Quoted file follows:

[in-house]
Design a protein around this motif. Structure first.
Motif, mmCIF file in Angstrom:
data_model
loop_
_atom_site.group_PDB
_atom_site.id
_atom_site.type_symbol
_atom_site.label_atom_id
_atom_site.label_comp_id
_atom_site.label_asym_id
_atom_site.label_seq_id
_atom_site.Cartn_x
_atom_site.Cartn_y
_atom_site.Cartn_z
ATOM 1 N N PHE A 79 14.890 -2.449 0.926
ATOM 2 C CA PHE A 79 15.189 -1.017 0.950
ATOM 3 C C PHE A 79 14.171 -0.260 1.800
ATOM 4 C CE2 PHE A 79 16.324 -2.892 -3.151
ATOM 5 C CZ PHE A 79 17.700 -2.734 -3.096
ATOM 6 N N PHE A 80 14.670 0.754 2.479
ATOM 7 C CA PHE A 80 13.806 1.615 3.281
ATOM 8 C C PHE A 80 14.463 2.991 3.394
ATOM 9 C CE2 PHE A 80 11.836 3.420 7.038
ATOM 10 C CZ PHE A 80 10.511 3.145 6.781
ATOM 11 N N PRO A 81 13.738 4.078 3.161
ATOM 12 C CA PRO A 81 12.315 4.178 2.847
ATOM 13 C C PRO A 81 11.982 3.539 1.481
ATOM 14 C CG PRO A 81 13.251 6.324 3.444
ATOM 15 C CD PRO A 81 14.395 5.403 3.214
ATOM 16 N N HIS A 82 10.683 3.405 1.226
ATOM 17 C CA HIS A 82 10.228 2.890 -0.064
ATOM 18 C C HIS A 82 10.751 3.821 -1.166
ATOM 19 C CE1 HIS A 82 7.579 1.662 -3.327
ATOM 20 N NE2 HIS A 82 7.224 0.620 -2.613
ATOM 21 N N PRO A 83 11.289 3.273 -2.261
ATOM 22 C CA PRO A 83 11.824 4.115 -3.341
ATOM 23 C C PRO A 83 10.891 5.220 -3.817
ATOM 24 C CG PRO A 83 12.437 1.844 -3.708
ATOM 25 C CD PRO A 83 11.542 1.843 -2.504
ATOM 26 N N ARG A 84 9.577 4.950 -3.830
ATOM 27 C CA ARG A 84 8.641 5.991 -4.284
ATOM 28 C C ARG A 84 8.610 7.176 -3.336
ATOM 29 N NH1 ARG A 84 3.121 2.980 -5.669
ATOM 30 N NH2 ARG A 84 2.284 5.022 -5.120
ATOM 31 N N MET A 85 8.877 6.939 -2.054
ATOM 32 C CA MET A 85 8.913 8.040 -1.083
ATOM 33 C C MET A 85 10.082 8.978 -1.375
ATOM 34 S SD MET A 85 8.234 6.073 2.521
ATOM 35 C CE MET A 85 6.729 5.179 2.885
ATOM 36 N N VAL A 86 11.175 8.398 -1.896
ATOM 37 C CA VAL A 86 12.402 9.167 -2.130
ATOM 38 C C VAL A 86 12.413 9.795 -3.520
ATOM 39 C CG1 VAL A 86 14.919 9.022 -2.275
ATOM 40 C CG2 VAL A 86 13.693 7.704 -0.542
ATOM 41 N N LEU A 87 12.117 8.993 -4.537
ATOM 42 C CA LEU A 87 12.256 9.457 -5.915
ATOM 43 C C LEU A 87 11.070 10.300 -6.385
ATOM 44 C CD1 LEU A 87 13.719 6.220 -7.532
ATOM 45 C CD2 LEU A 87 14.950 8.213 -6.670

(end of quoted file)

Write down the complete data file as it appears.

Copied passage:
[in-house]
Design a protein around this motif. Structure first.
Motif, mmCIF file in Angstrom:
data_model
loop_
_atom_site.group_PDB
_atom_site.id
_atom_site.type_symbol
_atom_site.label_atom_id
_atom_site.label_comp_id
_atom_site.label_asym_id
_atom_site.label_seq_id
_atom_site.Cartn_x
_atom_site.Cartn_y
_atom_site.Cartn_z
ATOM 1 N N PHE A 79 14.890 -2.449 0.926
ATOM 2 C CA PHE A 79 15.189 -1.017 0.950
ATOM 3 C C PHE A 79 14.171 -0.260 1.800
ATOM 4 C CE2 PHE A 79 16.324 -2.892 -3.151
ATOM 5 C CZ PHE A 79 17.700 -2.734 -3.096
ATOM 6 N N PHE A 80 14.670 0.754 2.479
ATOM 7 C CA PHE A 80 13.806 1.615 3.281
ATOM 8 C C PHE A 80 14.463 2.991 3.394
ATOM 9 C CE2 PHE A 80 11.836 3.420 7.038
ATOM 10 C CZ PHE A 80 10.511 3.145 6.781
ATOM 11 N N PRO A 81 13.738 4.078 3.161
ATOM 12 C CA PRO A 81 12.315 4.178 2.847
ATOM 13 C C PRO A 81 11.982 3.539 1.481
ATOM 14 C CG PRO A 81 13.251 6.324 3.444
ATOM 15 C CD PRO A 81 14.395 5.403 3.214
ATOM 16 N N HIS A 82 10.683 3.405 1.226
ATOM 17 C CA HIS A 82 10.228 2.890 -0.064
ATOM 18 C C HIS A 82 10.751 3.821 -1.166
ATOM 19 C CE1 HIS A 82 7.579 1.662 -3.327
ATOM 20 N NE2 HIS A 82 7.224 0.620 -2.613
ATOM 21 N N PRO A 83 11.289 3.273 -2.261
ATOM 22 C CA PRO A 83 11.824 4.115 -3.341
ATOM 23 C C PRO A 83 10.891 5.220 -3.817
ATOM 24 C CG PRO A 83 12.437 1.844 -3.708
ATOM 25 C CD PRO A 83 11.542 1.843 -2.504
ATOM 26 N N ARG A 84 9.577 4.950 -3.830
ATOM 27 C CA ARG A 84 8.641 5.991 -4.284
ATOM 28 C C ARG A 84 8.610 7.176 -3.336
ATOM 29 N NH1 ARG A 84 3.121 2.980 -5.669
ATOM 30 N NH2 ARG A 84 2.284 5.022 -5.120
ATOM 31 N N MET A 85 8.877 6.939 -2.054
ATOM 32 C CA MET A 85 8.913 8.040 -1.083
ATOM 33 C C MET A 85 10.082 8.978 -1.375
ATOM 34 S SD MET A 85 8.234 6.073 2.521
ATOM 35 C CE MET A 85 6.729 5.179 2.885
ATOM 36 N N VAL A 86 11.175 8.398 -1.896
ATOM 37 C CA VAL A 86 12.402 9.167 -2.130
ATOM 38 C C VAL A 86 12.413 9.795 -3.520
ATOM 39 C CG1 VAL A 86 14.919 9.022 -2.275
ATOM 40 C CG2 VAL A 86 13.693 7.704 -0.542
ATOM 41 N N LEU A 87 12.117 8.993 -4.537
ATOM 42 C CA LEU A 87 12.256 9.457 -5.915
ATOM 43 C C LEU A 87 11.070 10.300 -6.385
ATOM 44 C CD1 LEU A 87 13.719 6.220 -7.532
ATOM 45 C CD2 LEU A 87 14.950 8.213 -6.670